Call to mind one of our sister colonies, Boston. Reflect upon the situation of Canada, and then tell me whether you are inclined to place any confidence in the justice and humanity of the parliament. The port of Boston is blocked up, and an army planted in the town. An act has been passed to alter its charter, to prohibit its assemblies, to license the murder of its inhabitants, and to convey them from their own country to Great Britain, and to be tried for their lives. What was all this for? Just because a small number of people, provoked by an open and dangerous attack upon their liberties, destroyed a parcel of Tea belonging to the East India Company. It was not public but private property they destroyed. It was not the act of the whole province, but the act of a part of the citizens; instead of trying to discover the perpetrators, and commencing a legal prosecution against them; the parliament of Great Britain interfered in an unprecedented manner, and inflicted a punishment upon a whole province, “untried, unheard, unconvicted of any crime.” This may be justice, but it looks so much like cruelty, that a man of a humane heart would be more apt to call it by the latter, than the former name.

He signed it “A Friend to America”. The broadside made a huge sensation when it was published in the New York Evening Post.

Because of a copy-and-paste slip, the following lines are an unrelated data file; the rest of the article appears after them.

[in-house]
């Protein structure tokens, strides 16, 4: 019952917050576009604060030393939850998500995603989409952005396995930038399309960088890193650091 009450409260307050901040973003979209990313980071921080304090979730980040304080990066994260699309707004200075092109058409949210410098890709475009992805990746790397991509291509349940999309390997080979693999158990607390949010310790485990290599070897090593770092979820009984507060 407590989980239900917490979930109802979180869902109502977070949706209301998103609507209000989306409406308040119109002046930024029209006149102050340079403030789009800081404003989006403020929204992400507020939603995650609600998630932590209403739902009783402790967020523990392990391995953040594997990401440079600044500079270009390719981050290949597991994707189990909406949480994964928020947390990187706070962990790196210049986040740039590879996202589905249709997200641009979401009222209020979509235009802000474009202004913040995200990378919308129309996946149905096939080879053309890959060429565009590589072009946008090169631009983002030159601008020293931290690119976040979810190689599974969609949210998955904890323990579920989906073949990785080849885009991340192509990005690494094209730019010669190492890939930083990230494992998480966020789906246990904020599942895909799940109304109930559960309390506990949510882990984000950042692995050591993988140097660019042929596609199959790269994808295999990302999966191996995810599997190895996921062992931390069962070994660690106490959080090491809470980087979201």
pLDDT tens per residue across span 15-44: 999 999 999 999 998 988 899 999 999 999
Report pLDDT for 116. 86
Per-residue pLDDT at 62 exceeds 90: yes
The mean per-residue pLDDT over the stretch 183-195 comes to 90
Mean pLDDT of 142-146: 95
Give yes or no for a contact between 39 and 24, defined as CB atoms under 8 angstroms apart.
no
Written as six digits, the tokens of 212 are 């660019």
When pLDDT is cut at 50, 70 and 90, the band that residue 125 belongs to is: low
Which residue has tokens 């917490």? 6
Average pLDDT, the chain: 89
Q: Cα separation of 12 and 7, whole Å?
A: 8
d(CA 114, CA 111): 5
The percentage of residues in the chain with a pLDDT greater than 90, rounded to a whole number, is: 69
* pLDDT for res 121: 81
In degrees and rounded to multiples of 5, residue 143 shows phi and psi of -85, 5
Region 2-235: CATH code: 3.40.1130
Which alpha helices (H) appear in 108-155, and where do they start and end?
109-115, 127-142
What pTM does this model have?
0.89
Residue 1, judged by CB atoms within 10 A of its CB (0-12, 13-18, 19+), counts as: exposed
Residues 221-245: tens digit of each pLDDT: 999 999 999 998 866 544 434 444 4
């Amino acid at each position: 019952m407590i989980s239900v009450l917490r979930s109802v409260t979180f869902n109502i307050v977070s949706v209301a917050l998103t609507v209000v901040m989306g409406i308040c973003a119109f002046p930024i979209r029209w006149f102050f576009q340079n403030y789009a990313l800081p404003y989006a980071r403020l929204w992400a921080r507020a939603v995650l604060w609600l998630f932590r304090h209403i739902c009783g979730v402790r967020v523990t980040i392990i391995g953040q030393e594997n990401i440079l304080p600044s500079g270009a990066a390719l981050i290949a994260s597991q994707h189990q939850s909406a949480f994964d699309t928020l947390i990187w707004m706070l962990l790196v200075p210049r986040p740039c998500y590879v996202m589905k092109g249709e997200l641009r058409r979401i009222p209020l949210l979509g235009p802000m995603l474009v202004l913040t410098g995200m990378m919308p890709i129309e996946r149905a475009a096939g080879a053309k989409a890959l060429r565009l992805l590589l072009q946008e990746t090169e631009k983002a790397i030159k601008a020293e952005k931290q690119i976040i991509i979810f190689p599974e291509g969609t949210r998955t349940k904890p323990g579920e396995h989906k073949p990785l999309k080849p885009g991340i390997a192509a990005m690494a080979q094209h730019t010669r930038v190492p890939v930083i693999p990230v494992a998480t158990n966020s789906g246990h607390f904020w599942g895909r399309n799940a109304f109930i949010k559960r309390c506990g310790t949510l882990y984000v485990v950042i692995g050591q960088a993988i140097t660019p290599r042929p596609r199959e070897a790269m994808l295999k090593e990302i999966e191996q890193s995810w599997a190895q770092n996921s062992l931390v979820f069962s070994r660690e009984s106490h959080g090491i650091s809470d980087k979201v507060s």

On December 31, 1773, Samuel Adams wrote to a friend:

You cannot imagine the height of joy that sparkles in the eyes and animates the [faces] as well as the hearts of all [Bostonians].

Admiral John Montagu of the British Navy called out to the “Mohawks” as they did their damage: “Well, boys, you’ve had a fine, pleasant evening for your Indian caper. But mind, he who dances must pay the fiddler.” One of the “Mohawks” shouted back, “Oh, never mind, Admiral. Just come out here, if you please, and we’ll settle the bill in two minutes!”

Following the tea party, a broadside was widely released containing a song/poem written about the tea party. It is speculated that Samuel Adams had a hand in writing it. Sounds like his high-energy blazing style.

TEA, DESTROYED BY INDIANS
YE GLORIOUS SONS OF FREEDOM, brave and bold,
That has flood forth —- fair LIBERTY to hold;
Though you were INDIANS, come from distant shores,
Like MEN you acted — not like savage Moors.
CHORUS
Our LIBERTY, and LIFE is now invaded,
And FREEDOM’s brightest CHARMS are darkly shaded: